President Obama on Thursday addressed the recent police killings of two black men – Alton Sterling and Philando Castile – that occurred within days of one another, saying the country has “seen tragedies like this too many times.”
“These are not isolated incidents,” Obama said. “They’re symptomatic of a broader set of racial disparities that exist in our criminal justice system.”
The president also offered statistics outlining the undeniable racial imbalances that exist in America.
Last year, for example, African Americans were shot by police at twice the rate of white people. When African Americans and Hispanics are stopped, Obama noted, they are three times more likely than whites to be searched. Black people are also 30 percent more likely than whites to pulled over.
Obama, who delivered the remarks after just arriving in Poland, said the recent killings shouldn’t just be troubling to those in the minority community.
“This is not a black issue,” he said. “This is an American issue.”
Obama reminded Americans that “there is no contradiction between us supporting law enforcement…and also saying that there are problems across our criminal justice system.”
He urged police departments across the country to accept recommendations made by a presidential task force last year, saying too many departments have been slow to implement policies that will help their jurisdictions and reduce these tragedies.
He also chided Congress for failing to pass a bipartisan criminal justice reform bill.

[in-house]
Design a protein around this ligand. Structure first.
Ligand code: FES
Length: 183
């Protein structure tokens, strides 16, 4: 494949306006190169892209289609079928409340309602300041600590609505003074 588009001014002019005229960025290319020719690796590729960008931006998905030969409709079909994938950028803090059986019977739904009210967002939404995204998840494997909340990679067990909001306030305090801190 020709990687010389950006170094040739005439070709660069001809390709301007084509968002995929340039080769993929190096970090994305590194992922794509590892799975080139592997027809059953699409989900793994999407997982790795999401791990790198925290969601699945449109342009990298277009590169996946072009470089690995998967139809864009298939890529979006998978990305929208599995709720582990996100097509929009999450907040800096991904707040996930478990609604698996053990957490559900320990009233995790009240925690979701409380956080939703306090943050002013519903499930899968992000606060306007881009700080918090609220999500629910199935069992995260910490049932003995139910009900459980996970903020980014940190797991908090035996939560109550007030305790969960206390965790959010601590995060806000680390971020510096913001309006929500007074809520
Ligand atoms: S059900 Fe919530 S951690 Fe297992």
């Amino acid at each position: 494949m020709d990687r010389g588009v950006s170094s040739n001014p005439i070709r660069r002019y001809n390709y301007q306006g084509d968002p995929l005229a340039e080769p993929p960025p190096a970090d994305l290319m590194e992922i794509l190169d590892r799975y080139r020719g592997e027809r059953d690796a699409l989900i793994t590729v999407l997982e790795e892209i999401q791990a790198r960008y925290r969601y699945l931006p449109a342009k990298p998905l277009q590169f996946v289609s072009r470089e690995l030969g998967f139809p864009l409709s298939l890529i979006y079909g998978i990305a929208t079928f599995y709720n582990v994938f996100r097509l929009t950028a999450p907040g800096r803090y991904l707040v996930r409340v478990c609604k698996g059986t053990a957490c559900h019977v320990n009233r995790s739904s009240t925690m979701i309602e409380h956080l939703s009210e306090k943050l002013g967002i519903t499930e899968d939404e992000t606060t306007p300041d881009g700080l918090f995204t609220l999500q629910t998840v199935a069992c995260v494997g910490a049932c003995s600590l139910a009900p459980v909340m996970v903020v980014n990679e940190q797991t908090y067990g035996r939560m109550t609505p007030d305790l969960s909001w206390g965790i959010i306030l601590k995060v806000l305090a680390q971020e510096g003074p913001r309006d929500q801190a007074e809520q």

“Change has been too slow,” Obama said. “We have to have a greater sense of urgency about this.”
The remarks came hours after Obama released this statement on social media, saying the recent shootings “troubled” him:
This is a moment, as the president said, when the country should come together and recognize that, while the vast majority of law enforcement selflessly does heroic work, there is still much to be done to ensure a fair and more just system for all people – especially those of color.
Until then, it is imperative that people of all races and beliefs continue to speak out.
“We can do better,” Obama said, “People of goodwill can do better.”
Sean Colarossi currently resides in Cleveland, Ohio. He earned his Bachelor of Arts degree in Journalism from the University of Massachusetts Amherst and was an organizing fellow for both of President Obama’s presidential campaigns. He also worked with Planned Parenthood as an Affordable Care Act Outreach Organizer in 2014, helping northeast Ohio residents obtain health insurance coverage.